Eclipses are rare events, but rarer still has been the growth experienced by the Eclipse open-source development platform in recent months.
As the Java-based framework approaches its third anniversary next week and the organization nears its first year of independence, the platform has momentum that it might not have realized as the IBM-dominated entity it once was.
Having kick-started the project in 2001, IBM last February, along with members of the community that grew up around. Eclipse, launched the Eclipse Foundation, an independent, nonprofit organization designed to broaden the platform and the developer community.
By all accounts, the move has been successful. In the past six months, since naming Mike Milinkovich executive director, the foundation has increased its membership by 30 percent and started nine open-source projects. Furthermore, more than 18 companies have included the Eclipse platform and IDE (integrated development environment) in their products.
The foundation has also broadened the reach of Eclipse beyond programmers and engineers to “power users and business reporting” types, said Skip McGaughey, the Eclipse Foundations director of ecosystems, in Asheville, N.C.
The business reporting focus comes from the BIRT (Business Intelligence and Reporting Tools) Project, which Eclipse started when Actuate Corp., of South San Francisco, Calif., became a member in August. BIRT is the first top-level Eclipse project for the development of applications that include BI and enterprise reporting, McGaughey said.
BIRT is expected to deliver an open-source BI and reporting platform by early next year.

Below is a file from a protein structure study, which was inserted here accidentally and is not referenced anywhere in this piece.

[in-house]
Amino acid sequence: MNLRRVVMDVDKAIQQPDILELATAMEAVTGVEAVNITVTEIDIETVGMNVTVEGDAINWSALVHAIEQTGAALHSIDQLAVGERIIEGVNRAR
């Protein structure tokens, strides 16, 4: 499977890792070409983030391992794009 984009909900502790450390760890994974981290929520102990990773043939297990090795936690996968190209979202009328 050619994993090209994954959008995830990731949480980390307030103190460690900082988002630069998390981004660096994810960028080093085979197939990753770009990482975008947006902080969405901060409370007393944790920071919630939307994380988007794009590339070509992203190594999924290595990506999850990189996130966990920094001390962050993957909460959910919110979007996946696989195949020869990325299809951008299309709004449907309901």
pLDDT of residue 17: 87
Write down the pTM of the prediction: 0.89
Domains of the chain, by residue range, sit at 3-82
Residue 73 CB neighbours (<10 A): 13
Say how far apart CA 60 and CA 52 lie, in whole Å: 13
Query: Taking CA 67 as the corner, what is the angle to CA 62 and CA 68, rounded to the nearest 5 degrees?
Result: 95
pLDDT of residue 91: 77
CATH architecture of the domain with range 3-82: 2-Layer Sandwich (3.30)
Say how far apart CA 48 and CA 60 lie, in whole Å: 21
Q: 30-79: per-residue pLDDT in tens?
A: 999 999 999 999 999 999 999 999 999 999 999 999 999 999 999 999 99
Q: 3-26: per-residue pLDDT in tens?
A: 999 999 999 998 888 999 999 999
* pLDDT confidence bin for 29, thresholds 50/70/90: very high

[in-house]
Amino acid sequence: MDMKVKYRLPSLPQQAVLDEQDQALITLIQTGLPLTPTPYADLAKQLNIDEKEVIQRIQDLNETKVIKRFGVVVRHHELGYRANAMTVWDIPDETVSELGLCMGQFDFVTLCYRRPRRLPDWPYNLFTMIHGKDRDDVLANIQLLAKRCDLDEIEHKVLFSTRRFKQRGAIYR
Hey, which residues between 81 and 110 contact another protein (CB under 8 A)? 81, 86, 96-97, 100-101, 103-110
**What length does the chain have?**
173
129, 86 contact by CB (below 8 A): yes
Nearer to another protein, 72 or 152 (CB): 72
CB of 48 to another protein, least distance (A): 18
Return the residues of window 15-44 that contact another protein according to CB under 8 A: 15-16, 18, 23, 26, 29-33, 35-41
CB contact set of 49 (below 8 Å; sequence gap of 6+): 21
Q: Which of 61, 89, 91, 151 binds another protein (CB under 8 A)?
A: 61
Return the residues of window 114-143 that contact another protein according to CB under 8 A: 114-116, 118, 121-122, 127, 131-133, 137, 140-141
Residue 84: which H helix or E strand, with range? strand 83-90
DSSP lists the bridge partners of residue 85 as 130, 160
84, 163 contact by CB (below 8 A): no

“The biggest change I see in the new Eclipse is a more business-oriented focus as member companies are working to make money from their Eclipse-based products,” said Ted Farrell, architect and director of the Strategy Application Development Tools Division at Oracle Corp., of Redwood Shores, Calif. “The new Eclipse projects are much more business-focused and expand from the traditional developer focus Eclipse was founded upon.”
In June, the foundation released its biggest project to date, the Eclipse 3.0 platform. “Were moving Eclipse from an open platform for tools integration to a universal platform for application integration,” Milinkovich said.
For all Eclipses success, its transition to an independent organization took some time, in large part because of the investment by IBM in 2001. At the time, IBM donated $40 million worth of code to the open-source effort to start Eclipse.
Dave Bernstein, former senior vice president of product development at Rational Software Corp., took on the role of managing Eclipses transition in what some referred to as a consulting role. He had stayed on with IBM following its acquisition of Rational in February 2003 just long enough to see the Eclipse transition go through in February of this year, he said.
Bernstein was responsible for assigning executive director candidates to the Eclipse board, he said. “First and foremost, we needed an executive director who could inspire and attract the members of the consortium who were going to collaboratively develop the parts of Eclipse.”